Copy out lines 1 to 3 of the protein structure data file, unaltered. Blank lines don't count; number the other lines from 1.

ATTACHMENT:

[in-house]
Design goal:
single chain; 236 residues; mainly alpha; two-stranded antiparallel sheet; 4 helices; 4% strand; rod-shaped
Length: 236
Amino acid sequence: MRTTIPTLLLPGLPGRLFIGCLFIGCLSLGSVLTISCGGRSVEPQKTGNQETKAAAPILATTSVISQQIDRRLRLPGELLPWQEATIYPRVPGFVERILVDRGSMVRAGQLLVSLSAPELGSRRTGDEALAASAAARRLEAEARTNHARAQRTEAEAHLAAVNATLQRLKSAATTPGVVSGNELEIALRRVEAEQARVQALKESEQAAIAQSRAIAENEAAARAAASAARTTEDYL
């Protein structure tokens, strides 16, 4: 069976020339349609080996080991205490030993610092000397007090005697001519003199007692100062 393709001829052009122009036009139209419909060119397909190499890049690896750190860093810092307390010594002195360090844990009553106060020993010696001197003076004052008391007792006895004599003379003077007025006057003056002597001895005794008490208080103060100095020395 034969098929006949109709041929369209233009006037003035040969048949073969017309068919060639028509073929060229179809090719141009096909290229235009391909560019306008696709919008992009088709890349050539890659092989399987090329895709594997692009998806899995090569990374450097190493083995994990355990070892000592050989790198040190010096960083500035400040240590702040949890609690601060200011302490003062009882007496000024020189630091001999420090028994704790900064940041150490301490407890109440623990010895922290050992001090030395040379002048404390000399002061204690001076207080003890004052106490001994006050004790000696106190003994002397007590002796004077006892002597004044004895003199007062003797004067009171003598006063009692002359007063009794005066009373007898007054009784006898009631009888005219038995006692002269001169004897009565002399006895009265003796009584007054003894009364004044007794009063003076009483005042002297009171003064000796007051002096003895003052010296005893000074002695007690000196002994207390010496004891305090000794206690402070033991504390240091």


[in-house]
Design goal:
single chain; 236 residues; mainly alpha; two-stranded antiparallel sheet; 4 helices; 4% strand; rod-shaped